The Imperial name had been used since 1926, but was never a separate make, just the top-of-the-line Chrysler. In 1955, the company decided to spin it off as its own make and division to better compete with its rivals, Lincoln and Cadillac.
On April 28, 1955, Chrysler and Philco had announced the development and production of the World’s First All-Transistor car radio. The all-transistor car radio Mopar model 914HR, was developed and produced by Chrysler and Philco, and was an $150.00 "option" on the 1956 Imperial car models. Philco was the company, who had manufactured the all-transistor car radio Mopar model 914HR, starting in the fall of 1955 at its Sandusky Ohio plant, for the Chrysler corporation.
On September 28, 1957, Chrysler had announced the first production electronic fuel injection (EFI), as an option on some of its new 1958 car models (Chrysler 300D, Dodge D500, DeSoto Adventurer, Plymouth Fury). The first attempt to use this system was by American Motors on the 1957 Rambler Rebel. Bendix Corporation's Electrojector used a transistor computer brain modulator box, but teething problems on pre-production cars meant very few cars were made. The EFI system in the Rambler ran fine in warm weather, but suffered hard starting in cooler temperatures and AMC decided not to use this EFI system, on its 1957 Rambler Rebel production cars that were sold to the public. Chrysler also used the Bendix "Electrojector" fuel injection system and only around 35 vehicles were built with this option, on its 1958 production built car models. Owners of EFI Chryslers were so dissatisfied that all but one were retrofitted with carburetors (while that one has been completely restored, with original EFI electronic problems resolved).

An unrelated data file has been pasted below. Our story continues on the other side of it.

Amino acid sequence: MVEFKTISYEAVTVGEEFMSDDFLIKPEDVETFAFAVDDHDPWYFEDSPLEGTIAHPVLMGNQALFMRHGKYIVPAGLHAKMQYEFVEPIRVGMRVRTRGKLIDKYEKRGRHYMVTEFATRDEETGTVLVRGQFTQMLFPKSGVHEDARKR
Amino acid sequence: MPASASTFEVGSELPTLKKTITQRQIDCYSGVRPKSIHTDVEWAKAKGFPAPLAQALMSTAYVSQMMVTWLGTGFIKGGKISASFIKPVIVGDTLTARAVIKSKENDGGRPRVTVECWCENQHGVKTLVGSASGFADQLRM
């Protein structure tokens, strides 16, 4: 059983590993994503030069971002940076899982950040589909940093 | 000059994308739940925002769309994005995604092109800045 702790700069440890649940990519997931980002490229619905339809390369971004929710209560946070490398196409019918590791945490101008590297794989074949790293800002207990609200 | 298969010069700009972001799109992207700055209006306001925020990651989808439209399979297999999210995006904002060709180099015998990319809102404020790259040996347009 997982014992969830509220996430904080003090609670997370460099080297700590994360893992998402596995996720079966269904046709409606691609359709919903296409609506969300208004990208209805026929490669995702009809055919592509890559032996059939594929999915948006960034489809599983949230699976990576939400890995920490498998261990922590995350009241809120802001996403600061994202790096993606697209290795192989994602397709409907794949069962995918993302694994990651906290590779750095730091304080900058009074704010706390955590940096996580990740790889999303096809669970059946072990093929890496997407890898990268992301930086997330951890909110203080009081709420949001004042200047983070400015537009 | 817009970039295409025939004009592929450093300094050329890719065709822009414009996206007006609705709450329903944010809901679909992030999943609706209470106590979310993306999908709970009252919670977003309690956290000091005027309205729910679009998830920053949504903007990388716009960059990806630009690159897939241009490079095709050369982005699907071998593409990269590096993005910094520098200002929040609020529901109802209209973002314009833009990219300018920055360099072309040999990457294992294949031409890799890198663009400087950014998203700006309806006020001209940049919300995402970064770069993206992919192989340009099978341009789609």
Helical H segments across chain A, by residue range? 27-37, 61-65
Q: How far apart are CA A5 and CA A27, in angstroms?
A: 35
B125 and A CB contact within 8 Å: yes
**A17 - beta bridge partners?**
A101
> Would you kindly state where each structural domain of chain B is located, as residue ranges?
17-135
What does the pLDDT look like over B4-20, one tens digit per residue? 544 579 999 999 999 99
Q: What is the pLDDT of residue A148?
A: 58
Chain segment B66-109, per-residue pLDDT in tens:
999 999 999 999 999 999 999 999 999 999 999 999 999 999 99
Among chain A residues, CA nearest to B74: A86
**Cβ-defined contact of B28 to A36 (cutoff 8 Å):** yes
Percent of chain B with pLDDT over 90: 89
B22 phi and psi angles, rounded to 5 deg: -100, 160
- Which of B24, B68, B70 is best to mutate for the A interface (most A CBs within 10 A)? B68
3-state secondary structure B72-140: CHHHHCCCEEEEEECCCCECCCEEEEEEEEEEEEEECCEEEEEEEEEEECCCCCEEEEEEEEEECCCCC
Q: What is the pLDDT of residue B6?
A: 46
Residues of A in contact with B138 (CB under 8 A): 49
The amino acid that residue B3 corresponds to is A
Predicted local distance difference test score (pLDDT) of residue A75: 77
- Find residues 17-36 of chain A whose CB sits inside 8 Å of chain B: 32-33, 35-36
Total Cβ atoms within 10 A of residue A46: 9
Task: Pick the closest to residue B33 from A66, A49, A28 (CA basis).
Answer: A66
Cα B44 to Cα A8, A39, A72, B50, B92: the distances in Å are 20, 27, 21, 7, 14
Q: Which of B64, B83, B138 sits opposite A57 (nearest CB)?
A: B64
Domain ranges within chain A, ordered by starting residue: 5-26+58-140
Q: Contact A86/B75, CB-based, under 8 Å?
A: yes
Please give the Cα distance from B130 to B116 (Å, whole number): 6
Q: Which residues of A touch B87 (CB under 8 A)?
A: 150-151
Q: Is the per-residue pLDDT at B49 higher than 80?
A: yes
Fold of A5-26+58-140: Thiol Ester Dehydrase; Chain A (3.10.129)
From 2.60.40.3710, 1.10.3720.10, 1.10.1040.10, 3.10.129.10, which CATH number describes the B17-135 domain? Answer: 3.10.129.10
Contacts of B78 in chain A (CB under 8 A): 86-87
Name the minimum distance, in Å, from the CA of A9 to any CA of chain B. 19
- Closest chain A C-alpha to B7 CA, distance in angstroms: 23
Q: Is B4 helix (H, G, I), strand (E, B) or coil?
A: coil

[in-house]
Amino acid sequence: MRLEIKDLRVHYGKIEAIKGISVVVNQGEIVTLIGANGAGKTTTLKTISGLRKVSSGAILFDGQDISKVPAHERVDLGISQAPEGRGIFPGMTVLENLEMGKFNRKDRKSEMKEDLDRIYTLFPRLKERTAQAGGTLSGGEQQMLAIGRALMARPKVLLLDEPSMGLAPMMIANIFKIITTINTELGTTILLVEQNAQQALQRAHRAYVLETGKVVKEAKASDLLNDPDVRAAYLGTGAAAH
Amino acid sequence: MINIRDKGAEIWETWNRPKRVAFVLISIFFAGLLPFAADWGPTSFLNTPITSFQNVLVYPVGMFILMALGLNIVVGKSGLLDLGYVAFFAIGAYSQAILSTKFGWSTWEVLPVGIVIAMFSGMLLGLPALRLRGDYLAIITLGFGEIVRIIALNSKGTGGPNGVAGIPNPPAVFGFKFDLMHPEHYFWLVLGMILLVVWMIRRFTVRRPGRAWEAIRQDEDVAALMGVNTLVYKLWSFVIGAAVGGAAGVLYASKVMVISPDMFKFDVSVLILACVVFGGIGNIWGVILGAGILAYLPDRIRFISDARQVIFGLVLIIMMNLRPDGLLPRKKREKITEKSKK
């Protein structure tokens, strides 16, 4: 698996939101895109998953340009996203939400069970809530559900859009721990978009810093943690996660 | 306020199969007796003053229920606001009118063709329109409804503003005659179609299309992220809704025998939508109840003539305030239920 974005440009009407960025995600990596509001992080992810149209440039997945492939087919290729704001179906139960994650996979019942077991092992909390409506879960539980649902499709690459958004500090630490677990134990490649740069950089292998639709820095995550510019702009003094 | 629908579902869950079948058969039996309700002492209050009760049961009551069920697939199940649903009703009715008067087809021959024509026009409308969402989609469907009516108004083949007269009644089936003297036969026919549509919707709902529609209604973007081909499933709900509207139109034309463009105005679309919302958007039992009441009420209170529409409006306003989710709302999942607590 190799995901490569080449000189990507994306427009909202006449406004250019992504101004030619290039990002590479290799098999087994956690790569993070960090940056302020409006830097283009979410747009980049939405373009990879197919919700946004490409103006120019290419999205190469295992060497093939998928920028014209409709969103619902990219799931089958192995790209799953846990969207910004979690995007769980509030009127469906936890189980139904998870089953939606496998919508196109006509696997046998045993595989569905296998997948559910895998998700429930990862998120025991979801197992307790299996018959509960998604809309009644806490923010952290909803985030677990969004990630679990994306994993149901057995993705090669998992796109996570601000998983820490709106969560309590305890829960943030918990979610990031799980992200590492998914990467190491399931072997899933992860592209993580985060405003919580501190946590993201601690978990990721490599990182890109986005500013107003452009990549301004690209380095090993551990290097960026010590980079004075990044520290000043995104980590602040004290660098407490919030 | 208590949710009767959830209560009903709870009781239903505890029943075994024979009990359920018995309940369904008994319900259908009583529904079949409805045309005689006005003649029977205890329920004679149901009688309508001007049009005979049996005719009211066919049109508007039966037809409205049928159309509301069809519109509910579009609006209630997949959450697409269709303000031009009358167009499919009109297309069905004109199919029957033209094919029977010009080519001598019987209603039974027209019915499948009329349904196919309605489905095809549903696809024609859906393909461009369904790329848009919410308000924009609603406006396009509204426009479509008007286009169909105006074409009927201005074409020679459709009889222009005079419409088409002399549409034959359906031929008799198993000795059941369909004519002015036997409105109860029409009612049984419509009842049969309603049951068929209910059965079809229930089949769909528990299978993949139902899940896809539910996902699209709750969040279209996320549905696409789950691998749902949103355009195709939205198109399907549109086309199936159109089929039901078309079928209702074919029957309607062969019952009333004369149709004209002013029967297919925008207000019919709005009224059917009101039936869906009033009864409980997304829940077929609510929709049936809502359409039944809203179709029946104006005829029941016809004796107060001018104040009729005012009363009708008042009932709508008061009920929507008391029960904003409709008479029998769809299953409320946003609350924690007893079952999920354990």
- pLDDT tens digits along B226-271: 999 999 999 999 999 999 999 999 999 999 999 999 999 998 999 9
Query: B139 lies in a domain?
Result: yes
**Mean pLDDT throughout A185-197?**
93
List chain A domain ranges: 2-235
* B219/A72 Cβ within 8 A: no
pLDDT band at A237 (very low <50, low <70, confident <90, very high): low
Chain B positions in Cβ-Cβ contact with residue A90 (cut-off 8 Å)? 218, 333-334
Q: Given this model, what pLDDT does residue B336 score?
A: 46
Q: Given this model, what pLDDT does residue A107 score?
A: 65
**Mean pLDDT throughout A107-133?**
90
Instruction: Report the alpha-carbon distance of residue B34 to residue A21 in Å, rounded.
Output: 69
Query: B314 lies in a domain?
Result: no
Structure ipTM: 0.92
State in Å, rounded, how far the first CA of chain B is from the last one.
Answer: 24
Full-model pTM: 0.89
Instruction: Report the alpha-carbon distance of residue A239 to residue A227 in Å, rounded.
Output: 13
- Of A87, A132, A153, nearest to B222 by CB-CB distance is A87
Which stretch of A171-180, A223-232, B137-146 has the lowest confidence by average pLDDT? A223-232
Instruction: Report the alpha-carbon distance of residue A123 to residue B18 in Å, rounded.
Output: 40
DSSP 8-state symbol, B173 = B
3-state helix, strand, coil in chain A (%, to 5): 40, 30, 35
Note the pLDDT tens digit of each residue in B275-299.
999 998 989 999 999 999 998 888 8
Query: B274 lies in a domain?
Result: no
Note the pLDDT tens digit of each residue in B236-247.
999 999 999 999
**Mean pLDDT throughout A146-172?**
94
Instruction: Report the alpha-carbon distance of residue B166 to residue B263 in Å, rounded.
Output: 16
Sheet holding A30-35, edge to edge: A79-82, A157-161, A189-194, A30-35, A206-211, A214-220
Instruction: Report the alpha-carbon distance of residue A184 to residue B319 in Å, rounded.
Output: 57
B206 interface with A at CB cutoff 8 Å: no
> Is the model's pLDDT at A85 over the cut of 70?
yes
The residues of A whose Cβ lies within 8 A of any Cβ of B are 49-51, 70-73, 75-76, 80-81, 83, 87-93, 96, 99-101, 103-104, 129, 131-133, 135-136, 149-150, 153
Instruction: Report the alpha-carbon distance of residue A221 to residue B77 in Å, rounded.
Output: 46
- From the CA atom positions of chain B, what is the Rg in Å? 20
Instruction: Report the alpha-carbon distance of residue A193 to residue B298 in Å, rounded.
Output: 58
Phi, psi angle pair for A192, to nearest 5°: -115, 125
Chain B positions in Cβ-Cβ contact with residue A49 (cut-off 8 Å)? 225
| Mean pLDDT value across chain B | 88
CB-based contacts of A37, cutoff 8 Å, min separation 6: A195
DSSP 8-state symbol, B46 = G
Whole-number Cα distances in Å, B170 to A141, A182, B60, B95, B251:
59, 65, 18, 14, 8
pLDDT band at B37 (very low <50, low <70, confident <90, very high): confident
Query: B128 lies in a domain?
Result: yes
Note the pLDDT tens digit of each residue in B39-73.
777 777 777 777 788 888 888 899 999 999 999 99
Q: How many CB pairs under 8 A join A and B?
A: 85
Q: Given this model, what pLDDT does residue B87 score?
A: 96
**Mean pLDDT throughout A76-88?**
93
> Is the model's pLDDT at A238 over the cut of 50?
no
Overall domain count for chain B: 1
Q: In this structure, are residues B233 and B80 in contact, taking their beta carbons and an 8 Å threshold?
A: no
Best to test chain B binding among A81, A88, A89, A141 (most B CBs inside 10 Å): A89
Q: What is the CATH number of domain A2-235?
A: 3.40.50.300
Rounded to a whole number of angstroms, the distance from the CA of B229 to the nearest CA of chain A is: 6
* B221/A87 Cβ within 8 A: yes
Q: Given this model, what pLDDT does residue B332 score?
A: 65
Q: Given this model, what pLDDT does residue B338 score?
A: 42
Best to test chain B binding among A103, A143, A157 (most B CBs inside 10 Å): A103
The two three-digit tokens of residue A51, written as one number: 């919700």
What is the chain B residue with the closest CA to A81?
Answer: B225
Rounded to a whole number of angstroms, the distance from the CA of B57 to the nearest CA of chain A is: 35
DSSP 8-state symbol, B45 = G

Imperial would see new body styles introduced every two to three years, all with V8 engines and automatic transmissions, as well as technologies that would filter down to Chrysler corporation's other models. Imperial was folded back into the Chrysler brand in 1971.
The Valiant was also introduced for 1960 as a distinct brand. In the U.S. market, Valiant was made a model in the Plymouth line for 1961 and the DeSoto make was discontinued during 1961. With those exceptions per applicable year and market, Chrysler's range from lowest to highest price from the 1940s through the 1970s was Valiant, Plymouth, Dodge, DeSoto, Chrysler, and Imperial.